With many urban families opting to own only one vehicle nowadays, a model capable of doing it all is crucial. And to that end, manufacturers have been catering to the market making practical products like the three-row, all-wheel drive Mitsubishi Outlander crossover, or the Nissan Quest boasting a cavernous 108.4 cubic feet of storage space when the back seats are folded down. We dive into the above and more in today’s blog post.
The third generation Outlander was launched in 2013, and is still quite unlike anything else on the road. This is in part thanks to the Mitsubishi’s progressive Dynamic Shield front fascia design first debuting on this very SUV, comprised of a blacked-out center section of the front bumper surrounded by an X-shaped chrome garnish joining the head and fog lamps.
The higher grades benefit from the safety of the company’s lauded Super All-Wheel Control AWD system ensuring traction in all road conditions. And, as somewhat of a rarity for compact crossovers, the Outlander features a third row for carrying an additional two passengers making it a perfect weekend getaway vehicle. Two engines are available: a fuel-efficient 166-horsepower 2.4-liter four cylinder, or a buttery smooth 224-horsepower 3.0-liter V6.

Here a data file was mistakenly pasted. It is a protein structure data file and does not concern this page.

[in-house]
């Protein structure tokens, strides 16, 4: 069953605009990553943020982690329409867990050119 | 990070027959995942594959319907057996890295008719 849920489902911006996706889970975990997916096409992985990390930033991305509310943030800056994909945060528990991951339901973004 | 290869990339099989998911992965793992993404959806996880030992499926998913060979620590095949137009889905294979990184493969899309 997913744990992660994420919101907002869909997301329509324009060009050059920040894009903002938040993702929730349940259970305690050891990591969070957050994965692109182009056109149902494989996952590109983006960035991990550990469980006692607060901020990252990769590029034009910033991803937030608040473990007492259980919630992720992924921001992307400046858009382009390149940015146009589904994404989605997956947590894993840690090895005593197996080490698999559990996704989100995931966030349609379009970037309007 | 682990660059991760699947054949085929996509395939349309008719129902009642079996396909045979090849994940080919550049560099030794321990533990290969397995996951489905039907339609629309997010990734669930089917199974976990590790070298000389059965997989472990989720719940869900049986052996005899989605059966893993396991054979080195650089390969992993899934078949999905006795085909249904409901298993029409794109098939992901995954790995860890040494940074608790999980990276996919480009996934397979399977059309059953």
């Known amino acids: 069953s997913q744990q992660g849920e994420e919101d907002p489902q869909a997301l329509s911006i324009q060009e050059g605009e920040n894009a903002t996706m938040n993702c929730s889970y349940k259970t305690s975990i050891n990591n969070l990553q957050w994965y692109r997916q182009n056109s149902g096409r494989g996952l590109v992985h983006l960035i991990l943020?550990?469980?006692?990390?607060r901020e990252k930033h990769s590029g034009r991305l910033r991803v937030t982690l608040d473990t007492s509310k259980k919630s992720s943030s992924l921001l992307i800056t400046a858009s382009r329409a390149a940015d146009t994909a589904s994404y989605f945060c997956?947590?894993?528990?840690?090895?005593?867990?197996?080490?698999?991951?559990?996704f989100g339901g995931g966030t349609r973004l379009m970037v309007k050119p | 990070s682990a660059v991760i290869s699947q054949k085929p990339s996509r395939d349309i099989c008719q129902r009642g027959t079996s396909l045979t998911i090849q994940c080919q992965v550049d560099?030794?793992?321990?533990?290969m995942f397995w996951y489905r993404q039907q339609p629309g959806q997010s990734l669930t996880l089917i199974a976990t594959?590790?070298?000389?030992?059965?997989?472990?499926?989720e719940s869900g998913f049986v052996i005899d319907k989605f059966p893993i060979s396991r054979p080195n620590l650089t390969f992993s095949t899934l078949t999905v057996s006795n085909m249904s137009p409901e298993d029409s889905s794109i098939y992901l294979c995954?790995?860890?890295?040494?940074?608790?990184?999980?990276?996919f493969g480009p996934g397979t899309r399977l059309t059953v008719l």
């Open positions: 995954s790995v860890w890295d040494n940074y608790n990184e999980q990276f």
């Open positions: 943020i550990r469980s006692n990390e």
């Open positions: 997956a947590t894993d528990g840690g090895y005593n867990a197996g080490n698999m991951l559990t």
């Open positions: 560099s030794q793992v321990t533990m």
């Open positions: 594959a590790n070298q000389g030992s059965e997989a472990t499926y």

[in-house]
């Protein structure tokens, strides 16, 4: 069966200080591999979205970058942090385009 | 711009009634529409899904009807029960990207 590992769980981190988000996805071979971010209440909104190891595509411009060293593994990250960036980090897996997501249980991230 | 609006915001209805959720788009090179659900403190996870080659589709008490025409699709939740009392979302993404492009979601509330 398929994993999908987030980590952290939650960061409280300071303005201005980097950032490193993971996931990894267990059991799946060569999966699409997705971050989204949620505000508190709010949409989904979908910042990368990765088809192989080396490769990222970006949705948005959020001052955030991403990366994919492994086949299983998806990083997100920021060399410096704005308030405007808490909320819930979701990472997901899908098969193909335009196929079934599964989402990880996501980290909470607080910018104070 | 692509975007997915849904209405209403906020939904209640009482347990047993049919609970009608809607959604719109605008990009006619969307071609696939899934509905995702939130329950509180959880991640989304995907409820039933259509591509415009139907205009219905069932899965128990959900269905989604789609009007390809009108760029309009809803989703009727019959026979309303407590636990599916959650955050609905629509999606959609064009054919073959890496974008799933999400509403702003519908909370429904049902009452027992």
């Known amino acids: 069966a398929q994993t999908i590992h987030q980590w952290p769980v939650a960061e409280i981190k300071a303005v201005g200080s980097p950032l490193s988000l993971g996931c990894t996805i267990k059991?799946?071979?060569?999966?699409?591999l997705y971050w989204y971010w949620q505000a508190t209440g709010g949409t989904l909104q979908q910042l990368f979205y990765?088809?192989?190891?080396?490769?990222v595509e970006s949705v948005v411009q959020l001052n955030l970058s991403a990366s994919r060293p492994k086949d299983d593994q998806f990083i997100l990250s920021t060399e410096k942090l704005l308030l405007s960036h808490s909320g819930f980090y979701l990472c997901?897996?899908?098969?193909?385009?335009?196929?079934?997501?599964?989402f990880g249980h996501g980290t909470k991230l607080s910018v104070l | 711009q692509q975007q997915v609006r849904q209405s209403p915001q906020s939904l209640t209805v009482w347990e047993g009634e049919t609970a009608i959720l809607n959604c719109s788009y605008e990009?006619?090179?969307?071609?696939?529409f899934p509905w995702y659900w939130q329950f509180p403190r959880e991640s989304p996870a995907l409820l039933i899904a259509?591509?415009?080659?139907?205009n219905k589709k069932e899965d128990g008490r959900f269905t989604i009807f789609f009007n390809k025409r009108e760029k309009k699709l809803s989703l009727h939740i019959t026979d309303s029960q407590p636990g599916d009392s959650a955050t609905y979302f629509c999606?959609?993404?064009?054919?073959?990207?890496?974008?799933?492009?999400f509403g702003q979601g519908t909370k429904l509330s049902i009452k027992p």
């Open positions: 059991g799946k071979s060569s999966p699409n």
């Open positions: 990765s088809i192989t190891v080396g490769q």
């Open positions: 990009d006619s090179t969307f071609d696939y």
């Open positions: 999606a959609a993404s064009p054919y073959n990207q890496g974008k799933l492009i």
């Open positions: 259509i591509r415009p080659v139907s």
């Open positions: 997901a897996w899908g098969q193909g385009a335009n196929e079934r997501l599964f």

There was a time when wagons reigned supreme in the family hauler segment, and it’s arguable the versatile form factor is making a comeback. Subaru’s take on the platform, which the automaker calls the “world’s first sport utility wagon,” puts a large focus on the ability to get occupants anywhere they need to go by combining a raised ride height; patented full-time Symmetrical All-Wheel Drive; and a user-selectable “X-Mode” adding torque to the grip wheels thus increasing traction control sensitivity, as well as activating hill descent control that automatically applies the brakes on steep declines.
Redesigned in 2015, the new body style grew slightly in size increasing 0.6 inches in length and 0.7 inches in width, the wheelbase stretching out an additional 0.2 inches. As a result, the cabin became roomier going from 105.4 cubic-feet to 108.1 meaning more shoulder, hip, elbow and legroom. Now standard on all trims is a Lineartronic continuously variable transmission with paddle shifters and step-shift feel.
When we’re strictly talking about moving both people and cargo, not much can truly match the almighty minivan. The Nissan Quest, for example, has seating for seven, power-sliding doors and a low step-in height for loading kids and seniors. As mentioned above, when the quick release fold flat rear benches are in the down position, a massive 108.4 cubic feet of space is revealed perfect for stuffing in anything furniture to recreational gear. Even if all the seats are upright there’s still 25.7 cubic feet on tap.
Some worry about the humdrum appearance of minivans, but don’t worry. The Quest comes with optional 18-inch alloy wheels, tailgate spoiler, full surround glass, chrome accents, and an overall aerodynamic shape helping the vehicle achieve a low 0.32 coefficient of drag.